Category: BIOS


	AH = 02h
	AL = number of sectors to read (must be nonzero)
	CH = low eight bits of cylinder number
	CL = sector number 1-63 (bits 0-5)
	     high two bits of cylinder (bits 6-7, hard disk only)
	DH = head number
	DL = drive number (bit 7 set for hard disk)
	ES:BX -> data buffer
Return: CF set on error
	    if AH = 11h (corrected ECC error), AL = burst length
	CF clear if successful
	AH = status (see #00234)
	AL = number of sectors transferred (only valid if CF set for some
Notes:	errors on a floppy may be due to the motor failing to spin up quickly
	  enough; the read should be retried at least three times, resetting
	  the disk with AH=00h between attempts
	most BIOSes support "multitrack" reads, where the value in AL
	  exceeds the number of sectors remaining on the track, in which
	  case any additional sectors are read beginning at sector 1 on
	  the following head in the same cylinder; the MSDOS CONFIG.SYS command
	  MULTITRACK (or the Novell DOS DEBLOCK=) can be used to force DOS to
	  split disk accesses which would wrap across a track boundary into two
	  separate calls
	the IBM AT BIOS and many other BIOSes use only the low four bits of
	  DH (head number) since the WD-1003 controller which is the standard
	  AT controller (and the controller that IDE emulates) only supports
	  16 heads
	AWARD AT BIOS and AMI 386sx BIOS have been extended to handle more
	  than 1024 cylinders by placing bits 10 and 11 of the cylinder number
	  into bits 6 and 7 of DH
	under Windows95, a volume must be locked (see INT 21/AX=440Dh/CX=084Bh)
	  in order to perform direct accesses such as INT 13h reads and writes
	all versions of MS-DOS (including MS-DOS 7 [Windows 95]) have a bug
	  which prevents booting on hard disks with 256 heads (FFh), so many
	  modern BIOSes provide mappings with at most 255 (FEh) heads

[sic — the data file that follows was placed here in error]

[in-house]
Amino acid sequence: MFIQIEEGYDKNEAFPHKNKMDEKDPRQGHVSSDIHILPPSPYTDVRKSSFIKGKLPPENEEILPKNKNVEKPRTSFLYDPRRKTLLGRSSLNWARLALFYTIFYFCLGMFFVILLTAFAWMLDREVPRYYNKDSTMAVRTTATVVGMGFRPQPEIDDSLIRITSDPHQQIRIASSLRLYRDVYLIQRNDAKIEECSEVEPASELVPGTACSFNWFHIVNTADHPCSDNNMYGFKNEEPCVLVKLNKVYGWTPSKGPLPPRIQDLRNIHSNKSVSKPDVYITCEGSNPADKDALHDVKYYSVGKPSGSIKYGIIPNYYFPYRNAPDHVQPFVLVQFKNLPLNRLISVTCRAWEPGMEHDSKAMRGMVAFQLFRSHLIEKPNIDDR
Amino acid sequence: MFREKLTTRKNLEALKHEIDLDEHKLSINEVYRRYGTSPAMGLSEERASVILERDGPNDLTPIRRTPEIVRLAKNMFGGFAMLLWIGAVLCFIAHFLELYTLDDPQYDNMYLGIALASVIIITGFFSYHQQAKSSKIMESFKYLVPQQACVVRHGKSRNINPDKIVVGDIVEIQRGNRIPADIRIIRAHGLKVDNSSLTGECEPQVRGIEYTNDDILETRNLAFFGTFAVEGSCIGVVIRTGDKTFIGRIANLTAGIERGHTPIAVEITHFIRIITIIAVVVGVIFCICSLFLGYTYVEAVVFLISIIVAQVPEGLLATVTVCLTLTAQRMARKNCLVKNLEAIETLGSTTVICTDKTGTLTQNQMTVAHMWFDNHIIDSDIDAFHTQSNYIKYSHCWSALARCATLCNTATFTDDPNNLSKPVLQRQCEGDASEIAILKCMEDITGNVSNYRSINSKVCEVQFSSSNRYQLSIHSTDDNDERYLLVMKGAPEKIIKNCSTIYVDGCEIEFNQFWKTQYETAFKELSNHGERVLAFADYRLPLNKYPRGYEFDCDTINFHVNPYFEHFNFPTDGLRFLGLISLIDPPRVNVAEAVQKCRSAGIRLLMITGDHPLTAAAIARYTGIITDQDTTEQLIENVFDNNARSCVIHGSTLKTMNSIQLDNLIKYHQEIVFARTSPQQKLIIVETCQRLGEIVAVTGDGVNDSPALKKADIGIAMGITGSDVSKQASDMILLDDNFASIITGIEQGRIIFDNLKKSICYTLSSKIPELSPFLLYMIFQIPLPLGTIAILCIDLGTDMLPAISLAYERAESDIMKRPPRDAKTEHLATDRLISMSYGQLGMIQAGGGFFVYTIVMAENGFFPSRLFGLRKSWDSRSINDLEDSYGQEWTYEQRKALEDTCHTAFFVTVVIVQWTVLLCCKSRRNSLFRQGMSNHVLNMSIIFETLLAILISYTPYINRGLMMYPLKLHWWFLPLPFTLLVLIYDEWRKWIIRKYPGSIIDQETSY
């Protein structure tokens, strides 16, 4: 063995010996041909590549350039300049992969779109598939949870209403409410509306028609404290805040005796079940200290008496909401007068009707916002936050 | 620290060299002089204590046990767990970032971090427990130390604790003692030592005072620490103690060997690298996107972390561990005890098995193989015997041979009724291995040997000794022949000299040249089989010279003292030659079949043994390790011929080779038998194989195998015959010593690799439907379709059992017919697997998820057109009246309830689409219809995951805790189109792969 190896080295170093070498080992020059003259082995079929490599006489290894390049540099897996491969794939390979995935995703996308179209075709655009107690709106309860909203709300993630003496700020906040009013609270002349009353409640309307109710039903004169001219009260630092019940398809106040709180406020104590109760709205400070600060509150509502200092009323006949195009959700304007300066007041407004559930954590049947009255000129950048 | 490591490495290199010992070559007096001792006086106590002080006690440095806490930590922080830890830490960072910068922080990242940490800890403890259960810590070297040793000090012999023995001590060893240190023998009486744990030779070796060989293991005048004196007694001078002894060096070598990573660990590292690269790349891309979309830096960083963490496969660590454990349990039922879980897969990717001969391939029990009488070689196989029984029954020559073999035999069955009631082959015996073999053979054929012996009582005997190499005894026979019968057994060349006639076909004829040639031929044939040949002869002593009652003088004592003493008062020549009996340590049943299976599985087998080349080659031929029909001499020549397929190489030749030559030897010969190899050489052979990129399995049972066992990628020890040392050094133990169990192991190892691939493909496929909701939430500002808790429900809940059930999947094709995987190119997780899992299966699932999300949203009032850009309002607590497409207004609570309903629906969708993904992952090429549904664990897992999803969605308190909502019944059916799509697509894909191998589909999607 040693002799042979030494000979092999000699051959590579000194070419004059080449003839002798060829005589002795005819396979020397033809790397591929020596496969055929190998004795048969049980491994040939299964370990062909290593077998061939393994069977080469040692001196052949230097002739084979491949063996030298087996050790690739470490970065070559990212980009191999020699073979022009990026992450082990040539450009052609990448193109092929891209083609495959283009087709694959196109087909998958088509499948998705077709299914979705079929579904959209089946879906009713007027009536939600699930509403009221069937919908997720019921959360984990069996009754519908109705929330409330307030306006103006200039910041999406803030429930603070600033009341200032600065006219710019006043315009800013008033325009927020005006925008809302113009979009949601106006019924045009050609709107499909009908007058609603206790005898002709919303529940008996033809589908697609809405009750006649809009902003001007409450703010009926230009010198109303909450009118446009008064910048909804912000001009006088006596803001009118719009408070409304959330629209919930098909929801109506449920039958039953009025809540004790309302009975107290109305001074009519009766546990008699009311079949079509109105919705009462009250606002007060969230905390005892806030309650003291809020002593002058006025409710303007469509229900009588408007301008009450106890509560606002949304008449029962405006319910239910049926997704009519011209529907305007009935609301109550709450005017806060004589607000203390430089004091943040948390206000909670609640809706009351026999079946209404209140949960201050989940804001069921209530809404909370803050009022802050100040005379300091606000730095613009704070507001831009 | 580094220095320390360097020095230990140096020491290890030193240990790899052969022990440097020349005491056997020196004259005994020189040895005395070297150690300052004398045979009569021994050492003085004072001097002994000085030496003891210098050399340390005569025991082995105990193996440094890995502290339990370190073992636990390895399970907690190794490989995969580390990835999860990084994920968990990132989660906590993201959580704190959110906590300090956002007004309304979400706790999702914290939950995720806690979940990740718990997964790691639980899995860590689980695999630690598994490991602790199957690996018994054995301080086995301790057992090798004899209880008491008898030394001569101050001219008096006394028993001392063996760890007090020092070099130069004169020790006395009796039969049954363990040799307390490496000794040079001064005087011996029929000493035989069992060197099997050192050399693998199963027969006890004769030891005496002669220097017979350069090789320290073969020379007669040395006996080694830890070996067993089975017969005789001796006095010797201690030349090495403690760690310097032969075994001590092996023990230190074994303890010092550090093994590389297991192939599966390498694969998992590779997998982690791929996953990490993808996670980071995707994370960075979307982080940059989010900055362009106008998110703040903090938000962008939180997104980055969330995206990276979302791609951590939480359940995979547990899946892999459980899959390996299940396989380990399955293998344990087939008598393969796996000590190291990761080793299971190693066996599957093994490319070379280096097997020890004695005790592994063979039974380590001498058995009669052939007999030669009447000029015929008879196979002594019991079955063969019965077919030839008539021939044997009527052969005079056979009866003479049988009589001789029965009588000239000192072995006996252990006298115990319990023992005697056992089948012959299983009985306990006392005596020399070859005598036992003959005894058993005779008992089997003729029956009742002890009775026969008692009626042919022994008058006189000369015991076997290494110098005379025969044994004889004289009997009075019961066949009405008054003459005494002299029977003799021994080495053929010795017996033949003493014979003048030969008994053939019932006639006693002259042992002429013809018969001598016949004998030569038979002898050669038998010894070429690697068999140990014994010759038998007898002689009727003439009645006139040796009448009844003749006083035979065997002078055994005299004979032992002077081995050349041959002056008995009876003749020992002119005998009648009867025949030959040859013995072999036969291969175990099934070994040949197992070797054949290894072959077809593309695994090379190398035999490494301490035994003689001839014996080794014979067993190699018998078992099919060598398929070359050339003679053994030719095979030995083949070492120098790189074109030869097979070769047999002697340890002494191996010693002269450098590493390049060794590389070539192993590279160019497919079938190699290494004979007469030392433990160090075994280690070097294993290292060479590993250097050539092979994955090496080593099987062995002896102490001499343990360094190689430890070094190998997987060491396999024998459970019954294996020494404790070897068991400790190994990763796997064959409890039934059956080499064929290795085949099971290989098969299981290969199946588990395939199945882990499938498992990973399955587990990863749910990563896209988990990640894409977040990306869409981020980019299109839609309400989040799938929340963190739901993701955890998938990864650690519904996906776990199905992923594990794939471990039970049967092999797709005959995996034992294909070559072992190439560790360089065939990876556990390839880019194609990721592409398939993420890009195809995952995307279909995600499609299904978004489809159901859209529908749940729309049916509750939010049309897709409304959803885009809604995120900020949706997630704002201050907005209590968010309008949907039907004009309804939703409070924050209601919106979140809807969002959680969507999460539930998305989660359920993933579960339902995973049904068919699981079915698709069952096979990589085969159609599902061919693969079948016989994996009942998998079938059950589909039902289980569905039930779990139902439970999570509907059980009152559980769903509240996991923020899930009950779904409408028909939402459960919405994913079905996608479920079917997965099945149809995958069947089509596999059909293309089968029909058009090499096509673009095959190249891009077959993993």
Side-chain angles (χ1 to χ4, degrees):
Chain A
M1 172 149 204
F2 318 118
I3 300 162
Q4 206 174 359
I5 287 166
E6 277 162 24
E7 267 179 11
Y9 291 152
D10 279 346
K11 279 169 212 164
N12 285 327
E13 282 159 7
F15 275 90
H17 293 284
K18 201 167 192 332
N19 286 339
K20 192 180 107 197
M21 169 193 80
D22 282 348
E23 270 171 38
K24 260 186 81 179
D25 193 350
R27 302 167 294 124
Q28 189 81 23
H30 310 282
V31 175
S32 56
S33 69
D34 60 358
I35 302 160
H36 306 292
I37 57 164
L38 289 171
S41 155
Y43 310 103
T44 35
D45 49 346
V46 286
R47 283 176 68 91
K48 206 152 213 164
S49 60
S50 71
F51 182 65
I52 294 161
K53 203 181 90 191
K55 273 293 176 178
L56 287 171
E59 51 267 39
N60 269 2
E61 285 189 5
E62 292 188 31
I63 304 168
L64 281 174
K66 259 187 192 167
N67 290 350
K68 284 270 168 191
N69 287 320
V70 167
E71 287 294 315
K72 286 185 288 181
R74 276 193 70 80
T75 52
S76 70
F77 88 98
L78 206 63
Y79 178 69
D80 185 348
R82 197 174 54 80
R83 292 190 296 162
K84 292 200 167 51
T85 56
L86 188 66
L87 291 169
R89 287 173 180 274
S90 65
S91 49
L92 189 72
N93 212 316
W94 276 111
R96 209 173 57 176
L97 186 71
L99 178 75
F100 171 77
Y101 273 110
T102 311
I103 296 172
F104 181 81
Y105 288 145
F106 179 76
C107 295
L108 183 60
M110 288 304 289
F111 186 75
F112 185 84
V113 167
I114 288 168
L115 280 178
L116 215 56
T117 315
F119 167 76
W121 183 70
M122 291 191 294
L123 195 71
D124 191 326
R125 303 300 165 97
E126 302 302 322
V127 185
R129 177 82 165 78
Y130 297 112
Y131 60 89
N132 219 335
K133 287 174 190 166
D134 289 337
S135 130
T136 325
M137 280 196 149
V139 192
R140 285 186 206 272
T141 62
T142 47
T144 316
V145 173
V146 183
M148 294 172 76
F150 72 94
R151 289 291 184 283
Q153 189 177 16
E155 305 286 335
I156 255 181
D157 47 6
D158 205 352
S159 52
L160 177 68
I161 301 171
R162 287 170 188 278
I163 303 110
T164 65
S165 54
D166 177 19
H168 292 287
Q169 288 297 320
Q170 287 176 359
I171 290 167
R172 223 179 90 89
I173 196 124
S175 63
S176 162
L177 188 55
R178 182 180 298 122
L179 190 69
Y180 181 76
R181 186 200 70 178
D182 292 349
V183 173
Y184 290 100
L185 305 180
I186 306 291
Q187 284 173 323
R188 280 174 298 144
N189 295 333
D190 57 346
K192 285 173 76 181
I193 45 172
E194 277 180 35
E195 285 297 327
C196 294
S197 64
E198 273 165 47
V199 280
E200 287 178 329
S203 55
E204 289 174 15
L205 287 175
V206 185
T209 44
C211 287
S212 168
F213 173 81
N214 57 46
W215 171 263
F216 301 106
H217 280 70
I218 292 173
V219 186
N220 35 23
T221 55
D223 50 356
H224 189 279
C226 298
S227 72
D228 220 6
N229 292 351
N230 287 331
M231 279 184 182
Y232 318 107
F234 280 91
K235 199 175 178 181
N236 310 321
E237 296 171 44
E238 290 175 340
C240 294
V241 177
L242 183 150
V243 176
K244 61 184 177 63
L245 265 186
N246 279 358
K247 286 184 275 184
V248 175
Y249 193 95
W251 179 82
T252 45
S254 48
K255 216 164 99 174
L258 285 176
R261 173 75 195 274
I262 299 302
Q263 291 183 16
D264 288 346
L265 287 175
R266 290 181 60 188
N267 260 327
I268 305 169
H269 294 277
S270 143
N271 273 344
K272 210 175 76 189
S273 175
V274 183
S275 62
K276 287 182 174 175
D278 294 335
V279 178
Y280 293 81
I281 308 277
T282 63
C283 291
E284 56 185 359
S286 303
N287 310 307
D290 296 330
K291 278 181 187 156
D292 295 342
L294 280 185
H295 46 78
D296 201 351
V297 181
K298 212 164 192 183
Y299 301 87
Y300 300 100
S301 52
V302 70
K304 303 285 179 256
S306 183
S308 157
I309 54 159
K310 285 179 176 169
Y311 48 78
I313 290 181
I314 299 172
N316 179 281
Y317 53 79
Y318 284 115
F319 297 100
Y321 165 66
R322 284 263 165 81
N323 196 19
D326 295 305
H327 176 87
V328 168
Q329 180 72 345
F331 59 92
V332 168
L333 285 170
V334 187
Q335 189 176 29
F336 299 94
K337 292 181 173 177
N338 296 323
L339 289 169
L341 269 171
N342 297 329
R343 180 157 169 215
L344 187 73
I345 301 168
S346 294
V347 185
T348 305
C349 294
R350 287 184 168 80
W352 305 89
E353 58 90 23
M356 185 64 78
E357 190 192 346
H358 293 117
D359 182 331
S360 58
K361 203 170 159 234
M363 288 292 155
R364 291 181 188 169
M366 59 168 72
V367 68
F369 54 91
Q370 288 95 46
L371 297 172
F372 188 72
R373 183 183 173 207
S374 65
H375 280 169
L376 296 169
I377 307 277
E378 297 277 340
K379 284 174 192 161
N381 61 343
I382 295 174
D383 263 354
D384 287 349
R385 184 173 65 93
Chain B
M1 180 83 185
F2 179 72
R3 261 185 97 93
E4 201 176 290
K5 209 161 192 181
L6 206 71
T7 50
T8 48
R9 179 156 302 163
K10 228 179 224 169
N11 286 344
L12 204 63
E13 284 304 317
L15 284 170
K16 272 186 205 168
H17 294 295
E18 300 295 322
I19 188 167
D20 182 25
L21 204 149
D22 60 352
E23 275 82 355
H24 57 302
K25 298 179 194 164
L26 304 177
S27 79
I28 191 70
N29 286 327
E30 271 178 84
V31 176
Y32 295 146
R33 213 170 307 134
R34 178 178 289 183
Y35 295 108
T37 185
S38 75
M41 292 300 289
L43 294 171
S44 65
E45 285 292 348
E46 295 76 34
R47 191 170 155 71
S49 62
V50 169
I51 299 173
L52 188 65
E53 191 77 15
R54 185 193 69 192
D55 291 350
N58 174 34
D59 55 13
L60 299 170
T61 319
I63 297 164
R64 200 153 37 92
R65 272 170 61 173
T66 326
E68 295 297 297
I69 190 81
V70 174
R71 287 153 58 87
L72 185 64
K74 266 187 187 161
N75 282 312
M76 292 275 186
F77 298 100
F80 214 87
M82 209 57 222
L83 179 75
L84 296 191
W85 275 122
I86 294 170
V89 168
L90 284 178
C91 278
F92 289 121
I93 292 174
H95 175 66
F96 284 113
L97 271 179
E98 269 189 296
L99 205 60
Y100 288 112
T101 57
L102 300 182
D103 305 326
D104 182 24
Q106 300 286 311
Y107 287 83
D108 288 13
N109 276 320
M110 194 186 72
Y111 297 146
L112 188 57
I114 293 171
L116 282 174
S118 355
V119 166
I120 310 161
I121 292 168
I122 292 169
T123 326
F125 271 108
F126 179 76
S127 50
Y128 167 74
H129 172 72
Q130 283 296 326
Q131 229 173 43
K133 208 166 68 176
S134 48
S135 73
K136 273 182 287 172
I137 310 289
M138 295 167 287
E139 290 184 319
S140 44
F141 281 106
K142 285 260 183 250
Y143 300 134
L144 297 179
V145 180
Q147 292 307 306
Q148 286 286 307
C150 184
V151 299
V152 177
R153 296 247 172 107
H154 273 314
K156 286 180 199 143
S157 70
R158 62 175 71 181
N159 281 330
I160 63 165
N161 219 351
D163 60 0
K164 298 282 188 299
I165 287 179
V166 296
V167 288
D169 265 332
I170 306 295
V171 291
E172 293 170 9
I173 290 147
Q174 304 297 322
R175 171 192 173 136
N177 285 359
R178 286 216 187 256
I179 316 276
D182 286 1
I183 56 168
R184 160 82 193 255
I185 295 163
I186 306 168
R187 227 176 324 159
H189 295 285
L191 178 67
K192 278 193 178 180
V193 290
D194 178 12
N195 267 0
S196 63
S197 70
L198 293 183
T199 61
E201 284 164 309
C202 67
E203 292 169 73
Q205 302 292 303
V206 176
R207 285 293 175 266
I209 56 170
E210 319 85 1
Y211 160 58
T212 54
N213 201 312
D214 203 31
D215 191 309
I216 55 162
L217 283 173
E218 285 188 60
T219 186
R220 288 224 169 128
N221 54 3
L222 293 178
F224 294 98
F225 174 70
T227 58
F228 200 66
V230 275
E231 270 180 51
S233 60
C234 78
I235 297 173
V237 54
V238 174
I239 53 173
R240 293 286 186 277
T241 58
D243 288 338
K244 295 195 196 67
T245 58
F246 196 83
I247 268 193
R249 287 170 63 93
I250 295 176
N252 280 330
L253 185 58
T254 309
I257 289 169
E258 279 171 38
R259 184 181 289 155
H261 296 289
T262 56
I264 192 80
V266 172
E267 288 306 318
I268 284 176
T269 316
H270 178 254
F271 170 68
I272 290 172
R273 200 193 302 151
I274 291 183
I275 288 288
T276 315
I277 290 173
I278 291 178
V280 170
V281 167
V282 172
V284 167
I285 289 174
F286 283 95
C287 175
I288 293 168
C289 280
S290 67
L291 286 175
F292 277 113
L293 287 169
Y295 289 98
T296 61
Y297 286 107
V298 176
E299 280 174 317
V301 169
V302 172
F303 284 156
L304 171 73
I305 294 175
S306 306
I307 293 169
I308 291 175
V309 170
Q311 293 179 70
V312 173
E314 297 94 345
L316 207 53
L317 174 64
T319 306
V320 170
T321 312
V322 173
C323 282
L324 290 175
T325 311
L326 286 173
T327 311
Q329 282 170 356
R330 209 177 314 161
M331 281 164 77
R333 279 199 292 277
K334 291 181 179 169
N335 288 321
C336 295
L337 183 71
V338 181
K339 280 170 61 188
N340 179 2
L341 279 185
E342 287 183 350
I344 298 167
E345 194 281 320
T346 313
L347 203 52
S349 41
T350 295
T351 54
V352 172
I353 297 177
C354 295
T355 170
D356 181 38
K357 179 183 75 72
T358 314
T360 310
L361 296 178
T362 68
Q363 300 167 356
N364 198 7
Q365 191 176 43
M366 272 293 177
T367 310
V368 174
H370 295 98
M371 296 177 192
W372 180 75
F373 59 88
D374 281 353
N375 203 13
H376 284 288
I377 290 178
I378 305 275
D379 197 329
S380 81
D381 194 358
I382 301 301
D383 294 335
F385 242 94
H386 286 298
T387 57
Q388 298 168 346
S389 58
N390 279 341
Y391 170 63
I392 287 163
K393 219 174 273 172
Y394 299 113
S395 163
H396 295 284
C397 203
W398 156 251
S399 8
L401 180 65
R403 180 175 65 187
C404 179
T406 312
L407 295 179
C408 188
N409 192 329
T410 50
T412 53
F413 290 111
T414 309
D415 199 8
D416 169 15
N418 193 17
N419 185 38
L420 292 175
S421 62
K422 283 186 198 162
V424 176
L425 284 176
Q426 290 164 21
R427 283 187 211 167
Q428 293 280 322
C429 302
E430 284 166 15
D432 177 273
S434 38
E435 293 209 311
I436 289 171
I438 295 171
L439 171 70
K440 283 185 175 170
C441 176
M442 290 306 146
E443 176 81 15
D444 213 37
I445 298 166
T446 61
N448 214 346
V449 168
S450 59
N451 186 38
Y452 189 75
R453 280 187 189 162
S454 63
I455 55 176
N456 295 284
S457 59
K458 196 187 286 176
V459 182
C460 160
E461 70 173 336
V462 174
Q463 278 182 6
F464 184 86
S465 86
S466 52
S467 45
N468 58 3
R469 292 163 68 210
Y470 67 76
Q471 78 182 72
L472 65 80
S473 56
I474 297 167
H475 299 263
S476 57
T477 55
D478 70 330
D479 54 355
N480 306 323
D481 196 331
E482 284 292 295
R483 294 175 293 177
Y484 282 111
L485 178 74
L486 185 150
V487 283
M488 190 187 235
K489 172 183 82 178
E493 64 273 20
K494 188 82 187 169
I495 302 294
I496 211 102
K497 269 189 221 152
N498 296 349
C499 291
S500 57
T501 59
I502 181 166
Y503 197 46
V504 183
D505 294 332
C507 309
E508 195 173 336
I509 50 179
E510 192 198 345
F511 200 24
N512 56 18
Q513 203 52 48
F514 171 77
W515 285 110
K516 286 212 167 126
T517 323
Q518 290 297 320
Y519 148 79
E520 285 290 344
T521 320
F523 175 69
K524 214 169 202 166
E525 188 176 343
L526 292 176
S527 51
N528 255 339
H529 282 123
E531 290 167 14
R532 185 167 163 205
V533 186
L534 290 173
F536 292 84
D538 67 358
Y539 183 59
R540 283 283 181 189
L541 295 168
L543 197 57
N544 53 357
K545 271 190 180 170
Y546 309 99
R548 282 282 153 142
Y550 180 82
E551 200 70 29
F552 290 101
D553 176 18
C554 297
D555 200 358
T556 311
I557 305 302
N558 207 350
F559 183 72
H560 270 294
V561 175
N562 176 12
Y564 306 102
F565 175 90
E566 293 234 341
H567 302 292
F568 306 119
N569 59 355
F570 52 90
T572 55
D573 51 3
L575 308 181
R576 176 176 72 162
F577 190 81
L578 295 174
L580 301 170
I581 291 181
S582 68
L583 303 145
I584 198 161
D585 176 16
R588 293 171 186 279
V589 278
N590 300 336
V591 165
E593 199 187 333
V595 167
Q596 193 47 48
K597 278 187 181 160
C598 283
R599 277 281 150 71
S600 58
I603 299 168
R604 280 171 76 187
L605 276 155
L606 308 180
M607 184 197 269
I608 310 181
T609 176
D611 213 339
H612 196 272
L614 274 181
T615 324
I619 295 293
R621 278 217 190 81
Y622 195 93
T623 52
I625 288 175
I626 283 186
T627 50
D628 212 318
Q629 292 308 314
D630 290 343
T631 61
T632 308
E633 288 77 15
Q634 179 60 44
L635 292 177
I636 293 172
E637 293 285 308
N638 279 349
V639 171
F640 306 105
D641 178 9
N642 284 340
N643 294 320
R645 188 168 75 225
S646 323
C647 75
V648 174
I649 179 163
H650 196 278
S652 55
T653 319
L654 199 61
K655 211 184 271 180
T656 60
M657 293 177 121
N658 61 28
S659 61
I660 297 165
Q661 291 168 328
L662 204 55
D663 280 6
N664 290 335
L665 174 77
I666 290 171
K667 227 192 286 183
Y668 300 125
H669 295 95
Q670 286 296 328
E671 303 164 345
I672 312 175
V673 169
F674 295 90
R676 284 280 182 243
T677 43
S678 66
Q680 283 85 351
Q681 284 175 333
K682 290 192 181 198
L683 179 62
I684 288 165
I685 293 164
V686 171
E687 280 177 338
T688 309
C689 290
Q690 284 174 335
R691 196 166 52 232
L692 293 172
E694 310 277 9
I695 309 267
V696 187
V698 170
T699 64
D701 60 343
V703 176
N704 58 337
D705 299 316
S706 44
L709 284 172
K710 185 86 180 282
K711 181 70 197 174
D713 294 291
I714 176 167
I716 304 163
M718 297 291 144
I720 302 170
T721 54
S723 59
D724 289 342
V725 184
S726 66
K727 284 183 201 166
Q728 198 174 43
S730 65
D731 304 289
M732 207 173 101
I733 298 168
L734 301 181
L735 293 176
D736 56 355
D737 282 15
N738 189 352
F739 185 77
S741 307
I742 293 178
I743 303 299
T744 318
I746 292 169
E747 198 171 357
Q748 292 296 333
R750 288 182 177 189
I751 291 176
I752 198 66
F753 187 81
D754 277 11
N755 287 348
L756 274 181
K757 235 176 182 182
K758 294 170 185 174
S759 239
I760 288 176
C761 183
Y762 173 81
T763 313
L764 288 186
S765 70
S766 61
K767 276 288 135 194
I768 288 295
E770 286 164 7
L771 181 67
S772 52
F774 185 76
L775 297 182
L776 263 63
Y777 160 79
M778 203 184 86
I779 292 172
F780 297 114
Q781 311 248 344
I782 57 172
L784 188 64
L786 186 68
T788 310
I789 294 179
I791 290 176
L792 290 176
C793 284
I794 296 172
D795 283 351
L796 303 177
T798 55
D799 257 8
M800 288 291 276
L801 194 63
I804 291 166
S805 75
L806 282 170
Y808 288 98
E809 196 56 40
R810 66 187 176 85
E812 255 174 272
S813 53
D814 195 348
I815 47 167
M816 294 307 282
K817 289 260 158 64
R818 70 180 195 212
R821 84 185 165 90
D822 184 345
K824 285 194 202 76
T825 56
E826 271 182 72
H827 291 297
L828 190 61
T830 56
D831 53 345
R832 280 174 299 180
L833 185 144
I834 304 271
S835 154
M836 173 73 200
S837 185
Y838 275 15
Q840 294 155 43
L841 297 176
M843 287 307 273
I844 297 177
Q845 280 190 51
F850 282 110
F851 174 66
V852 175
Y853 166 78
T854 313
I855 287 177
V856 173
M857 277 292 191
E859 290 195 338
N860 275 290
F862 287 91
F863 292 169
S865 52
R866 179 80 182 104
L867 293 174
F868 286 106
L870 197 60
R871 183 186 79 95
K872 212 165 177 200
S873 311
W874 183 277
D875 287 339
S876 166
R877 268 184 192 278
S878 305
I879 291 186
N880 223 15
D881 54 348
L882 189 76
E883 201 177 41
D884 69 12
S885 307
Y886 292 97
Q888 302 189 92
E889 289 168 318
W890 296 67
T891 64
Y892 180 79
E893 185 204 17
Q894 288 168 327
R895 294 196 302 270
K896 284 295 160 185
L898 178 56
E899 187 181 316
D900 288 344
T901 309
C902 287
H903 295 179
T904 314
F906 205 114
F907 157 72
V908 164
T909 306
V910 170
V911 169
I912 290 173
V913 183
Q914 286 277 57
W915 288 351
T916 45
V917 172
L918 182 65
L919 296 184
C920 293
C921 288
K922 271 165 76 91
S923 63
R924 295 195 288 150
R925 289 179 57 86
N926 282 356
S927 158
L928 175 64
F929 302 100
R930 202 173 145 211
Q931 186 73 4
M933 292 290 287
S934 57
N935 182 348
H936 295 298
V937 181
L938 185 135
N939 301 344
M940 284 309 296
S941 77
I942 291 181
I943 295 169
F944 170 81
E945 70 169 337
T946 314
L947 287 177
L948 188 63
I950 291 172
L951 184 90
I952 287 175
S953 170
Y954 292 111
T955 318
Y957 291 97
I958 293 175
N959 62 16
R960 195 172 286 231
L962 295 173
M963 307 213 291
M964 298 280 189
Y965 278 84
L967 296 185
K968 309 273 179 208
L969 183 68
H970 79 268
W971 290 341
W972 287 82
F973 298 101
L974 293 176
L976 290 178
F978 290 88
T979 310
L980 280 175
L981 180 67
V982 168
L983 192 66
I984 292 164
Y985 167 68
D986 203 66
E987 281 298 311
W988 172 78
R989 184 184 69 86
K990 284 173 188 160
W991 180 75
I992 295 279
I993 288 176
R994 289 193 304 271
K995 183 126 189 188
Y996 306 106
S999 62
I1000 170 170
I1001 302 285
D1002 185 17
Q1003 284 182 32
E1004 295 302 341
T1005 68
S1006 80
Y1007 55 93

some cache drivers flush their buffers when detecting that DOS is
	  bypassed by directly issuing INT 13h from applications.  A dummy
	  read can be used as one of several methods to force cache
	  flushing for unknown caches (e.g. before rebooting).
BUGS:	When reading from floppies, some AMI BIOSes (around 1990-1991) trash
	  the byte following the data buffer, if it is not arranged to an even
	  memory boundary.  A workaround is to either make the buffer word
	  aligned (which may also help to speed up things), or to add a dummy
	  byte after the buffer.
	MS-DOS may leave interrupts disabled on return from this function.
	Apparently some BIOSes or intercepting resident software have bugs
	  that may destroy DX on return or not properly set the Carry flag.
	  At least some Microsoft software frames calls to this function with
	on the original IBM AT BIOS (1984/01/10) this function does not disable
	  interrupts for harddisks (DL >= 80h).	 On these machines the MS-DOS/
	  PC DOS IO.SYS/IBMBIO.COM installs a special filter to bypass the
	  buggy code in the ROM (see CALL F000h:211Eh)
SeeAlso: AH=03h,AH=0Ah,AH=06h"V10DISK.SYS",AH=21h"PS/1",AH=42h"IBM"
SeeAlso: INT 21/AX=440Dh/CX=084Bh,INT 4D/AH=02h